knowledge. Regard the change with favor or disfavor, as you please, the fact remains that the natural sciences have become the chief factors of our modern civilization; and—which is the important point in this connection—they have given rise to new professions which more and more every year are opening occupations to our educated men. The professions of the chemist, of the mining engineer, and of the electrician, which have entirely grown up during the lifetime of many here present, are just as "learned" as the older professions, and are recognized as such by every university. Moreover, the old profession of medicine, which, when, as formerly, wholly ruled by authority or traditions, might have been classed with the literary professions, has come to rest on a purely scientific basis.
In a word, the distinction between the literary and the scientific professions has become definite and wide, and can no longer be ignored in our systems of education. Now, while they would accord to their classical associates the right to decide what is the best culture for a literary calling, the scientific experts claim an equal right to decide what is the best culture for a scientific calling. Ever since the revival of Greek learning in Europe the literary scholars have been working out an admirable system of education. In this system most of us have been trained. I would pay it all honor, and I would here bear my testimony to the acknowledged facts that in no departments of our own university have the methods of teaching been so much improved during the last few years as in the classical. I should resist as firmly as my classical colleagues any attempt to emasculate the well-tried methods of literary culture, and I have no sympathy whatever with the opinion that the study of the modern languages as polite accomplishments can in any degree take the place of the critical study of the great languages of antiquity. To compare German literature with the Greek, or, what is worse, French literature with the Latin, as means of culture, implies, as it seems to me, a forgetfulness of the true spirit of literary culture.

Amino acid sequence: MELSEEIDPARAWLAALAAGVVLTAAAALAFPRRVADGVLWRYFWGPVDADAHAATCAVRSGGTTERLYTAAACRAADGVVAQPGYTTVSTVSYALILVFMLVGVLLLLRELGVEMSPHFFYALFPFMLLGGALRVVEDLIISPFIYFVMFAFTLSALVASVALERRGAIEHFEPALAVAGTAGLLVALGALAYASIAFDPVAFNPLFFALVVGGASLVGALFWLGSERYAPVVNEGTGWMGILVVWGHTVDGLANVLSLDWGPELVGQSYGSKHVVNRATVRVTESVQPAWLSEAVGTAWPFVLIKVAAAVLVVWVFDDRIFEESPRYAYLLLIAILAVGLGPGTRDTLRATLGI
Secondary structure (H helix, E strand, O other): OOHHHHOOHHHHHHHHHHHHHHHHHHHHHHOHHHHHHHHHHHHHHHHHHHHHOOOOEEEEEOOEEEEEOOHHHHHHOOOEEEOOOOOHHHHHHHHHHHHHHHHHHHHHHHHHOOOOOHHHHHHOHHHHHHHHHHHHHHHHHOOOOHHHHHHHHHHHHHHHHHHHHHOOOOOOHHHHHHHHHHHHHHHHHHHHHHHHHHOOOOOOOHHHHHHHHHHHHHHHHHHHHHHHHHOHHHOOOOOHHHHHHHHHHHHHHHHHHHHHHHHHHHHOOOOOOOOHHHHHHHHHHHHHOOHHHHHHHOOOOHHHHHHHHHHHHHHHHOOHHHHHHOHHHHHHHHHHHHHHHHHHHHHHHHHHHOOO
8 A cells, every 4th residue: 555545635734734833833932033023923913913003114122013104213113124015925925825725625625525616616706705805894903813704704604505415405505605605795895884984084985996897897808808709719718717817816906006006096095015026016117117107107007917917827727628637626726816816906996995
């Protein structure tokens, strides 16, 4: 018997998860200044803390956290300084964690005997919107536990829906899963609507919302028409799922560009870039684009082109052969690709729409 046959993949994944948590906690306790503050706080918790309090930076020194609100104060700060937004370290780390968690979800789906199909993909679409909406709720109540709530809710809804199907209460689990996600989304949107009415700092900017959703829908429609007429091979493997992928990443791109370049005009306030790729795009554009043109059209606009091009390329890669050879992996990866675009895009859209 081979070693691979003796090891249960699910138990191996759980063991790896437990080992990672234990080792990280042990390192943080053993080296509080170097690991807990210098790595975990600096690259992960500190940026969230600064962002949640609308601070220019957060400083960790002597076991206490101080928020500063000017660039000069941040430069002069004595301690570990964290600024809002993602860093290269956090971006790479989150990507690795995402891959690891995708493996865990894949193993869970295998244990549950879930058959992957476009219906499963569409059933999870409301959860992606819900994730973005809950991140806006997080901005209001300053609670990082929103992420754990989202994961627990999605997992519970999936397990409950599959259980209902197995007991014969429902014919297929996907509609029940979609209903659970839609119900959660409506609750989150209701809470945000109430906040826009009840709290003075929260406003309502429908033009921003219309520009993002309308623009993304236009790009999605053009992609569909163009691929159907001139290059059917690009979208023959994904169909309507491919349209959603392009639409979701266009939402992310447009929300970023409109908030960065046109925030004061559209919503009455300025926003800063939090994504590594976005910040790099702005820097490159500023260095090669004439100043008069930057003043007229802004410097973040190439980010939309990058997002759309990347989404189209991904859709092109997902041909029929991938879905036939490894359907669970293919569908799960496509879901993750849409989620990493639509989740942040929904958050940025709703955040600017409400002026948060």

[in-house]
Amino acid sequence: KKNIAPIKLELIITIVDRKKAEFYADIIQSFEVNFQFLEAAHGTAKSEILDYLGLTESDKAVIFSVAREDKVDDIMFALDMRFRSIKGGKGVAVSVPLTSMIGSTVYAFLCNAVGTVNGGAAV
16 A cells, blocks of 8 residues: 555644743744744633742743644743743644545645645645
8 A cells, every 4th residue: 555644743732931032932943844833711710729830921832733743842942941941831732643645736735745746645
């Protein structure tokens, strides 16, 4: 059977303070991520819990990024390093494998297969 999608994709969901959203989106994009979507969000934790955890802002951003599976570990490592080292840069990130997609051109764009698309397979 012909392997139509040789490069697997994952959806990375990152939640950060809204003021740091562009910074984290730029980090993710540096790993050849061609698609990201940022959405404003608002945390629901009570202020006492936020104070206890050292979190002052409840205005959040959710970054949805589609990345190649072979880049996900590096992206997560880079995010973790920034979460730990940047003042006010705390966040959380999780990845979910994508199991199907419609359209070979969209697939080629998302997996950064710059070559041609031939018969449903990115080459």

But literature and science are very different things, and "what is one man's meat may be another man's poison," and the scientific teachers claim the right to direct the training of their own men. It is not their aim to educate men to clothe thought in beautiful and suggestive language, to weave argument into correct and persuasive forms, or to kindle enthusiasm by eloquence. But it is their object to prepare men to unravel the mysteries of the universe, to probe the secrets of disease, to direct the forces of nature, and to develop the resources of this earth. These last aims may be less spiritual, lower on your arbitrary intellectual scale, if you please, than the first; but they are none the less legitimate aims which society demands of educated men: and all we claim is that the astronomers, the physicists, the chemists, the biologists, the physicians, and the engineers, who have shown that they are able to answer these demands of society,